|Home • Thoughts and Musings • Thomas M. Tuerke on Technology • PEMDAS is Problematic; BODMAS is Bogus!
PEMDAS is Problematic; BODMAS is Bogus!
Table of Contents [show/hide]
Fri Mar 23, 2018 Link to this message
PEMDAS is Problematic; BODMAS is Bogus!
I was helping my daughter with her homework the other day. Math. She had to convert an algebraic expression into a word problem (by which she was supposed to express the order of operations correctly so the reader could follow them.) Reviewing what she wrote, I pointed out that it wasn't quite correct and urged her to try again.
"PEMA", I said.
"PEMA", I repeated: "Parentheses, Exponentiation, Multiplication, and Addition."
"PEMDAS" she corrected me.
"Oh, really?" I remarked, somewhat incredulously.
Being a product of New MathYes, that New Math... the one that Tom Lehrer parodied so well. It's funny, or would be, if it weren't so painfully true., I wondered what the Board of Education had cooked up here, as it brought back memories of failed educational theory—or at least failed implementation—messing up kids for a generation. Moreover, messing with the well-established Order of Mathematical Operations seemed a recipe for trouble.
For those that don't know, PEMDAS is just PEMA with Division and Subtraction tossed in. On the surface, that might seem reasonable, but there's a dark underbelly to this.
You see, neither PEMA nor PEMDAS are the Order of Mathematical Operations. Rather, they're only mnemonic devices. Just like "Every Good Boy Does Fine" and "FACE" are supposed to help music students remember the notes on the musical staff, PEMA and PEMDAS are just a way of remembering the accepted order of operations in an arithmetic expression (or fact as they seem to be calling it these days.) In its entirety, the Order is:
That's it. Any time you have two operations to be evaluated (or simplified as some literature says), you pick the one closer to the top of the list. When the two operations tie, you do them in the order that row specifies. A multiplication next to a division? Which one is to the left, since that's the one you do first. Addition next to a subtraction? Again, which is to the left?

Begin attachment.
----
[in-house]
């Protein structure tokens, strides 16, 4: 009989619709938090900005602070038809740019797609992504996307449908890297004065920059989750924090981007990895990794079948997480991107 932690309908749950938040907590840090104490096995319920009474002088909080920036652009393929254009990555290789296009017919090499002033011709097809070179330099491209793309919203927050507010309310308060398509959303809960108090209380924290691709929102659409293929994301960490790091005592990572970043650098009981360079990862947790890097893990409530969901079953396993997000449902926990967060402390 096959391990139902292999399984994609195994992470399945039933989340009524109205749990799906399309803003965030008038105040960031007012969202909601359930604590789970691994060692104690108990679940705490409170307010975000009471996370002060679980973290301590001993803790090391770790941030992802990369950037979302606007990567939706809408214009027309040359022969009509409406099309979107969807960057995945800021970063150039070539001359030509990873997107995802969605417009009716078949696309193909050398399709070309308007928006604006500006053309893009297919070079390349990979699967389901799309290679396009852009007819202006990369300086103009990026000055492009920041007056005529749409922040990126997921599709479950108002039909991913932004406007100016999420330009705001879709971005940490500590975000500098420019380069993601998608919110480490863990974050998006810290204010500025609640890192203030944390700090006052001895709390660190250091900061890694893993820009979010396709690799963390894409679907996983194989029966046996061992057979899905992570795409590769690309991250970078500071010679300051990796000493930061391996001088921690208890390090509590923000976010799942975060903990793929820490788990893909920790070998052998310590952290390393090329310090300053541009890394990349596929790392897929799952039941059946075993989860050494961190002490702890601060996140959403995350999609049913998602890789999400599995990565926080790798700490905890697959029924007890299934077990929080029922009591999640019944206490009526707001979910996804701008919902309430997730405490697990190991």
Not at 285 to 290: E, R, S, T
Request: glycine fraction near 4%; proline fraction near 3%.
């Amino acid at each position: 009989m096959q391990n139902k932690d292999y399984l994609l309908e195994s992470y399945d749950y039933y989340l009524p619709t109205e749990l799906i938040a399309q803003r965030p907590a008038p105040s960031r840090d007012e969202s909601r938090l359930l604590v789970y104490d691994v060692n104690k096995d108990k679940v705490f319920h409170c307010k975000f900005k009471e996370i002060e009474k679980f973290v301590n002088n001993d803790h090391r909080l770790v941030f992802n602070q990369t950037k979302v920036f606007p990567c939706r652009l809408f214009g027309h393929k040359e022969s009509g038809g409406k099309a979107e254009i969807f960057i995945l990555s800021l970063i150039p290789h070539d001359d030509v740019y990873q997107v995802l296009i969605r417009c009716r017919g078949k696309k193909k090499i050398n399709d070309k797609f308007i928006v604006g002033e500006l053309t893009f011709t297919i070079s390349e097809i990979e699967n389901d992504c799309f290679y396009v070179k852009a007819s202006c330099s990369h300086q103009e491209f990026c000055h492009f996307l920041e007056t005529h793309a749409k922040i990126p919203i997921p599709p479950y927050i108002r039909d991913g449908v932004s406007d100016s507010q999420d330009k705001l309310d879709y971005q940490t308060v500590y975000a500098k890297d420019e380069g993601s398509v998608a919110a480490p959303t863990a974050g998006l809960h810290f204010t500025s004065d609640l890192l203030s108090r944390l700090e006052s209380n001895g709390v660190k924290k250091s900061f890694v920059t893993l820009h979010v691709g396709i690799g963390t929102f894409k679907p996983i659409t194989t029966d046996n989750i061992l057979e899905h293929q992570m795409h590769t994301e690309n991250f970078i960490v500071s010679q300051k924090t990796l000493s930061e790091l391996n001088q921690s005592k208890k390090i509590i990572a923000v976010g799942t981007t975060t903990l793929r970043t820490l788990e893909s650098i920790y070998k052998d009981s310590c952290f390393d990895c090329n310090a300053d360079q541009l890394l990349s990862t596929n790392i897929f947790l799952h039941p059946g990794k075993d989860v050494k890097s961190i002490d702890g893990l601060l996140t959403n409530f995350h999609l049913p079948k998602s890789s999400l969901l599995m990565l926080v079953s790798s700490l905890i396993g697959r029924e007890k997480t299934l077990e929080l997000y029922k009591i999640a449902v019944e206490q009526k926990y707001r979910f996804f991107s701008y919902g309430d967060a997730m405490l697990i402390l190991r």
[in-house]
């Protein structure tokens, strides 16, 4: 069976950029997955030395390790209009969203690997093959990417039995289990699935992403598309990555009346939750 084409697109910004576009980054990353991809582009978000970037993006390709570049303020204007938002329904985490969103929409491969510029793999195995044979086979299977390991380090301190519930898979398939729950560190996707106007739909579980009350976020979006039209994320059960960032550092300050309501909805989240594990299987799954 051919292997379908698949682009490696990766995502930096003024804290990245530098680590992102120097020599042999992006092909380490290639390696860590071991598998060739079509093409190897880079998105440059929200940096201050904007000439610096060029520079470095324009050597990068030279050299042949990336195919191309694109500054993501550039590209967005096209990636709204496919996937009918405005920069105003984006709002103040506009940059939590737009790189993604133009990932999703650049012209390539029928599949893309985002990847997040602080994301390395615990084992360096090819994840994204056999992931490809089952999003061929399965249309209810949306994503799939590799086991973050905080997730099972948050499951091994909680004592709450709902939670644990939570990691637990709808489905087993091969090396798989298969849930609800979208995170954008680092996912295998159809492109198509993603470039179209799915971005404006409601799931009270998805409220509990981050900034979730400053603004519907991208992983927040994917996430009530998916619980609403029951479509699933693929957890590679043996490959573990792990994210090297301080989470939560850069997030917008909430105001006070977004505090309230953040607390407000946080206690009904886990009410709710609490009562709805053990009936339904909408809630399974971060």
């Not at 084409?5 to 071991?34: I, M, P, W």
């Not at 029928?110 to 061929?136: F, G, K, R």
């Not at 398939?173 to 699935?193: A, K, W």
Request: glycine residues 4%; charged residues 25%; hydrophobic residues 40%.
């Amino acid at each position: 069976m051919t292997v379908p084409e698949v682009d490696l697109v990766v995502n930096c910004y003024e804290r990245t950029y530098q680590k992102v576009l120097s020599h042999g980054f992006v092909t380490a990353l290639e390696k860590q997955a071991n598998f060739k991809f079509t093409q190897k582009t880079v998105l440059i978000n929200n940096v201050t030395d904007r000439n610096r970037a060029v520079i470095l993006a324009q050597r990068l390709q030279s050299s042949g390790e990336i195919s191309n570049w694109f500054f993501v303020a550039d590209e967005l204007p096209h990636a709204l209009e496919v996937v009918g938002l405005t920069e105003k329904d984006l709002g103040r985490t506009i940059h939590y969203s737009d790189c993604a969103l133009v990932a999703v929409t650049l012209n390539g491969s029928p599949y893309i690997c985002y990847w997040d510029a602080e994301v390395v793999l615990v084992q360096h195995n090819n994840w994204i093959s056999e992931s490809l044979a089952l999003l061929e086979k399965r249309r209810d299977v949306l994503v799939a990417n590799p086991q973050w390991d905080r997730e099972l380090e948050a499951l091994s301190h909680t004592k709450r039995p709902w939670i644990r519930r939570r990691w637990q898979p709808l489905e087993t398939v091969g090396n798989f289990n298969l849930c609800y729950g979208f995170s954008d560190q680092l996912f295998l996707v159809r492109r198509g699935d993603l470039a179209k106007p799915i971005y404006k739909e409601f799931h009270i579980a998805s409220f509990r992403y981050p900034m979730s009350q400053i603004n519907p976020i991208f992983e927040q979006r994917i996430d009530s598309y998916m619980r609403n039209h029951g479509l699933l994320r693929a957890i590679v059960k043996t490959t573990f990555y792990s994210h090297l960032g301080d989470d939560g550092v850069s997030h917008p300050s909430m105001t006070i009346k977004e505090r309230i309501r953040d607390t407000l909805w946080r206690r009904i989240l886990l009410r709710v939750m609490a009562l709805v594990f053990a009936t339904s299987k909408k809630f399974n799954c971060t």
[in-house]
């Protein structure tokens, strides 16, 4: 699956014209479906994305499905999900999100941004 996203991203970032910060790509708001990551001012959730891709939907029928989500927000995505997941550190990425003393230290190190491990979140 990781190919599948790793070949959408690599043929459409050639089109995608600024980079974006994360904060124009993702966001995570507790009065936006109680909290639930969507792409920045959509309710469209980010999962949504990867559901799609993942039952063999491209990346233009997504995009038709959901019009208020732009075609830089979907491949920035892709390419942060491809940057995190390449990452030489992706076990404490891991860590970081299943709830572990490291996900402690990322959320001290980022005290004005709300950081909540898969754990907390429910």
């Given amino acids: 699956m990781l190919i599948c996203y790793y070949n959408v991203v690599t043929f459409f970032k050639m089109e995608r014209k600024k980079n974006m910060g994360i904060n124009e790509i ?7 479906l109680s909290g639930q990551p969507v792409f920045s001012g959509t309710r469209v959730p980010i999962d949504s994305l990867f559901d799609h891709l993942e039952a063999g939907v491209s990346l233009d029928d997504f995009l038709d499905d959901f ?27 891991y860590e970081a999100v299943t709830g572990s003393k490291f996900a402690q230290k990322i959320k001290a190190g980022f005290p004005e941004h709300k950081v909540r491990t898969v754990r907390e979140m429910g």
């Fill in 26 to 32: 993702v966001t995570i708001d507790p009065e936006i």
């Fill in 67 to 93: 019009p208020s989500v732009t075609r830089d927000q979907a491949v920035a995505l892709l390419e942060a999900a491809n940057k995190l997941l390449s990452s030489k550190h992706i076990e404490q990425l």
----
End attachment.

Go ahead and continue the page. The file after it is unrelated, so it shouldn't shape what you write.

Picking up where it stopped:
And you'll notice, that's PEMA.
"But..." I hear you exclaim, "...what about division and subtraction? Don't they deserve equal time?" That is the rationale for the D and the S being added to PEMA.
If you've been taught math correctly, you are aware that division is just a kind of multiplicationThe term is "inverse operation", and each of the operations have their inverses.
Similarly, subtraction is just a kind of addition. Subtracting 3 from x is the same as adding -3 to x.
Besides, if you want to be really nit-picky pedants, PEMDAS fails on the equal-opportunity front for neglecting roots: really, in such an "all-inclusive" world, it should be PERMDAS... but it's not.
On the other hand, PEMA isn't bothered, because taking the nth root is just a kind of exponential operation, raising something to 1/n. Voila... everything is covered. The square root of x is just x½, just like its square is x2. This makes sense: the square root of the square of x (for positive numbers, anyway) is x½•2.
Yeah, yeah, yeah... so why is PEMDAS so bad?
While the device is taught to represent P, E, (M and D), (A and S), this subtle detail is frequently forgotten, and there's nothing in the acronym to force its retention. There are six letters, so it's very easy for somebody to reach into their distant past and think there were six rules, not four. PEMDAS allows this. Don't believe me? Just google "division before multiplication"
This is not an isolated incident, Math Forum's Confusion over Interpretation of PEMDAS points out that "Students take PEMDAS letter by letter, tending to do all multiplication before any division, rather than working from left to right." Students are one thing. University Math departments are another. There, the author, Harvard professor Dr. Knill, asks
What is x/3x?
to a programming language and of course it applies the only rules it has been instructed to follow. In this case, multiplication and division from left to right. So the expression is understood to be 2 times x, divided by 3, multiplied by y, with one finally subtracted from it. Not what you intended? Then you need more bananas...parentheses....
In any event, Dr. Knill pontificates for a bit and concludes with a reference to ScienceBlogs which treats the matter rather more succinctly.
"So What's the big deal?" I hear you ask.
Very simple: PEMDAS (and BODMAS) were meant be mnemonic devices to help remember the order of mathematical operations, but have instead served to confuse students. I thank those visionary math teachers—Helen Joseph and Al Bertie (both gone, but not forgotten!)—who spared me and my classmates from this by just teaching us all proper math, and the mnemonic PEMA. Now, if only all students could be set straight.
If a consumer product is defective—such as brakes on a car or the cord on an appliance—such that it is the source of repeated injury, such a product is recalled and replaced. In the same vein, PEMDAS—clearly demonstrated to be defective as a tool to understand math—should likewise be removed from the curriculum. In any event, I'm taking the liberty of teaching my daughters math done right. It will just take a while to undo the damage.
This page and all constituent elements are copyright © Thomas M. Tuerke 2018
unless otherwise indicated. The TMT-Diamond Logo is a Servicemark of Thomas M. Tuerke
All Rights Reserved
Reproduction or distribution without prior written permission is strictly prohibited.
Scripting and DHTML by Technomancer Software